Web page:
At fifteen, Victor Rios found himself a human target—flat on his ass amid a hail of shotgun fire, desperate for money and a place on the street. Faced with the choice of escalating a drug turf war or eking out a living elsewhere, he turned to a teacher, who mentored him and helped him find a job at an auto shop. That job would alter the course of his whole life—putting him on the road to college and eventually a PhD. Now, Rios is a rising star, hailed for his work studying the lives of African American and Latino youth.
In Human Targets, Rios takes us to the streets of California, where we encounter young men who find themselves in much the same situation as fifteen-year-old Victor. We follow young gang members into schools, homes, community organizations, and detention facilities, watch them interact with police, grow up to become fathers, get jobs, get rap sheets—and in some cases get killed. What is it that sets apart young people like Rios who succeed and survive from the ones who don’t? Rios makes a powerful case that the traditional good kid/bad kid, street kid/decent kid dichotomy is much too simplistic, arguing instead that authorities and institutions help create these identities—and that they can play an instrumental role in providing young people with the resources for shifting between roles. In Rios’s account, to be a poor Latino youth is to be a human target—victimized and considered an enemy by others, viewed as a threat to law enforcement and schools, and burdened by stigma, disrepute, and punishment. That has to change.
This is not another sensationalistic account of gang bangers. Instead, the book is a powerful look at how authority figures succeed—and fail—at seeing the multi-faceted identities of at-risk youths, youths who succeed—and fail—at demonstrating to the system that they are ready to change their lives. In our post-Ferguson era, Human Targets is essential reading.
About the Author
Victor M. Rios is professor of sociology at the University of California, Santa Barbara. He is the author of Punished: Policing the Lives of Black and Latino Boys and Street Life: Poverty, Gangs, and a Ph.D.
“Training his attention on social problems he himself experienced growing up—street violence, poverty, racism—Rios is an important and original voice. In this patient and insightful relational ethnography, Rios shows how gang-associated Latino youth, often written off as a ‘lost generation,’ contain multitudes of identities and brim over with promise. But broken schools and justice systems far too often blunt these children’s potential and contribute to casting them on the wrong path. Critically urgent and rendered in clear prose, Human Targets is a must-read book that asks more of us.” — Matthew Desmond, author of Evicted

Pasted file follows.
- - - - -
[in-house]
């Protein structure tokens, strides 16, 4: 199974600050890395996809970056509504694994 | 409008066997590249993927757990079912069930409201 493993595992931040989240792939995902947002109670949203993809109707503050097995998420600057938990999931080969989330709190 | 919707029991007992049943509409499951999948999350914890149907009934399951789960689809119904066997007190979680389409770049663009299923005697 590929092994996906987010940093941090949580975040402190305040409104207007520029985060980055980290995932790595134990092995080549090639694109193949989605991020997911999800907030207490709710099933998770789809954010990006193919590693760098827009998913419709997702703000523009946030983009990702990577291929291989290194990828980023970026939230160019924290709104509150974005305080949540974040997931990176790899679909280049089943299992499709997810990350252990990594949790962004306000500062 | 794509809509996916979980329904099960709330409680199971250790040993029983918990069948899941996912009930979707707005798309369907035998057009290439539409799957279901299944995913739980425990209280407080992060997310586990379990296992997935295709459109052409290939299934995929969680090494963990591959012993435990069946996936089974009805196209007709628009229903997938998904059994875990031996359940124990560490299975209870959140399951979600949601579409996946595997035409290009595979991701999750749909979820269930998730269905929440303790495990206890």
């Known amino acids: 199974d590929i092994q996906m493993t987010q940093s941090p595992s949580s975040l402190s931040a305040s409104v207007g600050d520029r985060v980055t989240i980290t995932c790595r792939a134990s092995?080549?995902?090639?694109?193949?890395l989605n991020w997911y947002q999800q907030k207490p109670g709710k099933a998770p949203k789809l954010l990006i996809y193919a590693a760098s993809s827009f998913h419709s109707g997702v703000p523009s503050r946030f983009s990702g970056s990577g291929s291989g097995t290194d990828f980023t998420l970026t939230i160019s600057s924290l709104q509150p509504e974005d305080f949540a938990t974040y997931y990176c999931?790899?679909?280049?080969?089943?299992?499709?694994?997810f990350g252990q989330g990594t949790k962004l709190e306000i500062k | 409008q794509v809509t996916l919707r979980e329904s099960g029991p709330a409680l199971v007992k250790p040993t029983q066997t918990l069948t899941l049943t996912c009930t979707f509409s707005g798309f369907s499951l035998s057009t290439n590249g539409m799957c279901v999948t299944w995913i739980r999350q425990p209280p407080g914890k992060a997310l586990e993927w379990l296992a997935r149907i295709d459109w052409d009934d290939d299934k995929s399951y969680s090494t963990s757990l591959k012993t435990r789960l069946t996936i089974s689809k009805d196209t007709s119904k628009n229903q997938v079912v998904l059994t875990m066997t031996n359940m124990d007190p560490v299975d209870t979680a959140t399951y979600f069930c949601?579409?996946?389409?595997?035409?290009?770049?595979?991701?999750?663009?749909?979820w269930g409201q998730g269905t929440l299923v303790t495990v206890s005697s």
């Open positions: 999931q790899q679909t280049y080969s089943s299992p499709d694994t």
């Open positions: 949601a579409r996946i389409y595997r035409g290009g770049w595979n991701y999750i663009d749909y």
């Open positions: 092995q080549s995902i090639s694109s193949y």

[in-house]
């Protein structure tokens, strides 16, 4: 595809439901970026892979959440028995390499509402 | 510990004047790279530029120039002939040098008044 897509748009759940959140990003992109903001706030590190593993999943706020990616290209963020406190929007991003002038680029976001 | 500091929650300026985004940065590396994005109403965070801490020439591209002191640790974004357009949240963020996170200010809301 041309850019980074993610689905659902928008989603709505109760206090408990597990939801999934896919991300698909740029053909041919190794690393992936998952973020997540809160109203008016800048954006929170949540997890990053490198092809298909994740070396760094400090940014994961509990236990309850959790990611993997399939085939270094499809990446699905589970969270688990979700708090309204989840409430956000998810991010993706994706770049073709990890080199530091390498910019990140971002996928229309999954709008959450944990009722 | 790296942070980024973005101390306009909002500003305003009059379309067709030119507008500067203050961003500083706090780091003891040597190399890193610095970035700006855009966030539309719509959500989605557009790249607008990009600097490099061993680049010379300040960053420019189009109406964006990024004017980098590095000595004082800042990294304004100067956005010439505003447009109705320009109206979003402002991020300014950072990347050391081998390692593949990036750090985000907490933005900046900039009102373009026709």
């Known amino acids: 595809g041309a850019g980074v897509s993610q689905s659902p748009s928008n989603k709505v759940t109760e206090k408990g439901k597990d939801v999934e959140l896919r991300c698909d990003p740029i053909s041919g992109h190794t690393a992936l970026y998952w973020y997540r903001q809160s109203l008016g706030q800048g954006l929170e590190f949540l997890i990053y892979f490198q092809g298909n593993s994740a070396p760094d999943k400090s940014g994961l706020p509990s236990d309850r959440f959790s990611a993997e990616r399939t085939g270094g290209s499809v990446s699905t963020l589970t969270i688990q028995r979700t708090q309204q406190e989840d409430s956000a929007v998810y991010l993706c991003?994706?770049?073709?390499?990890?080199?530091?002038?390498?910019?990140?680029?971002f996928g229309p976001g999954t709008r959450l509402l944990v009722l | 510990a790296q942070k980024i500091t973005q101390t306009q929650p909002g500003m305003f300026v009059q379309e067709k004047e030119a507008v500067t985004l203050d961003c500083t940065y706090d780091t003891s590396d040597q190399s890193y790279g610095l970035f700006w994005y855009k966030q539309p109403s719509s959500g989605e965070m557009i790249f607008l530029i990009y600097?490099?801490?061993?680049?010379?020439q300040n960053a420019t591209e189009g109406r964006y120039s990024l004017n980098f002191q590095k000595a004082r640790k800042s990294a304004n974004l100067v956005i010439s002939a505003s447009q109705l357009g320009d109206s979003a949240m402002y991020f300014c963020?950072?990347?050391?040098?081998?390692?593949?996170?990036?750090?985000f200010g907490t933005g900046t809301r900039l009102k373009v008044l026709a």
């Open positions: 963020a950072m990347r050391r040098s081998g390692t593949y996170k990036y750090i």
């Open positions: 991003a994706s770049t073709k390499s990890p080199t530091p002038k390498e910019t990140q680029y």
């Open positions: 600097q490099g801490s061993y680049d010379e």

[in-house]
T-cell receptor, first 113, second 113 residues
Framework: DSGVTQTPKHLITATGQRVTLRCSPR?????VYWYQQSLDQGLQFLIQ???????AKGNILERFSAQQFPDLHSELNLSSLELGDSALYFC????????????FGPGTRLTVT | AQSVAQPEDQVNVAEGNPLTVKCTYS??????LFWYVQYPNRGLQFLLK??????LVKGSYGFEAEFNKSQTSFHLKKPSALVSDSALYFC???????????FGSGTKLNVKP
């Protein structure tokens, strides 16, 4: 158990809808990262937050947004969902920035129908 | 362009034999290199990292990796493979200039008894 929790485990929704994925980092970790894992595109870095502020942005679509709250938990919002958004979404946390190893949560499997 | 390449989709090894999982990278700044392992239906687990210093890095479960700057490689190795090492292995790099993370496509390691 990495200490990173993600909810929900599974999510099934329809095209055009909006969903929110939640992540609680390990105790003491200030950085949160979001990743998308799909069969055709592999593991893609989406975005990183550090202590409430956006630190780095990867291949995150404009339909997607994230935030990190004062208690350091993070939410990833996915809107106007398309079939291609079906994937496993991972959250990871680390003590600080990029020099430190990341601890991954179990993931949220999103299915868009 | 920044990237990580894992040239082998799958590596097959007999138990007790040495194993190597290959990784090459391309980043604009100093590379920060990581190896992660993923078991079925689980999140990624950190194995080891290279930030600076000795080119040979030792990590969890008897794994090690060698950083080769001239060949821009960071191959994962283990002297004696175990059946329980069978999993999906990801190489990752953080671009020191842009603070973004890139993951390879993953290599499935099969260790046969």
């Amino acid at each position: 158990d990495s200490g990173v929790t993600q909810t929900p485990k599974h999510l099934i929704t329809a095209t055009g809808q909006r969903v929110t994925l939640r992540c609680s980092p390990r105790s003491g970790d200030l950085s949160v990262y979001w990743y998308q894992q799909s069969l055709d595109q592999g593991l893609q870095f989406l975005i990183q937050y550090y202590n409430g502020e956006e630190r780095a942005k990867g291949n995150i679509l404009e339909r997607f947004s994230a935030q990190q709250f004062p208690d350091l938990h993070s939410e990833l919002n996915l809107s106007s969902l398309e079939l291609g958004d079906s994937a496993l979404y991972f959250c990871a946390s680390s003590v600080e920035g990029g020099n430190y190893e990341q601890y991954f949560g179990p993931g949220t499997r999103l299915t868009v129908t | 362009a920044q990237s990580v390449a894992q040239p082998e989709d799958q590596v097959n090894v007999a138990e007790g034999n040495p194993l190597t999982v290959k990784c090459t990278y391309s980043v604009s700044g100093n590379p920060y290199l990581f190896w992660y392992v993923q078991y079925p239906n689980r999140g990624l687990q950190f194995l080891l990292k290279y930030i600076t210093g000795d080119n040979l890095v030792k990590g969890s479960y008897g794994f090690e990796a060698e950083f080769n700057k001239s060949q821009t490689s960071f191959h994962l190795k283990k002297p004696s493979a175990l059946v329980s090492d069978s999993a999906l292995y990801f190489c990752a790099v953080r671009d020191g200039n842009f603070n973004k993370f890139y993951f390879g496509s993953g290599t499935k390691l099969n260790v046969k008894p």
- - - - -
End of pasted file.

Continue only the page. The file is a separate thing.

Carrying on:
“How do we move beyond the cycle of criminalization, violence, and mass incarceration that American society has been stuck in for the last several decades? Rios draws upon the perspectives of youth—the very ones most likely to be labelled, incarcerated, or killed—to provide insights to lead us out of our state of paralysis. Through his probing of their perspectives and experiences, Rios develops new and original ways of thinking about how to intervene, support, and alter outcomes for marginalized youth. Written in a style that is both rich in analysis yet still packed with an emotional fervor, Human Targets never allows us to forget that real lives are at stake even as it also provides hope that it is indeed possible to move beyond the dismal reality we find ourselves in.”
— Pedro Noguera
“Human Targets is a gripping, disturbing, and deeply moving ethnographic account of interpersonal street violence. Told from the author’s heart, it is based on careful interviews and his own personal observation. Human Targets is a provocative yet subtle analysis of the relentless social forces that too often undermine and frustrate the everyday lives of a major segment of America’s urban population. Extraordinary and important, this book is a must read for anyone seeking to understand the culture of the city today—it needs to reach a wide audience beyond the halls of the academy.” — Elijah Anderson, author of Code of the Street and The Cosmopolitan Canopy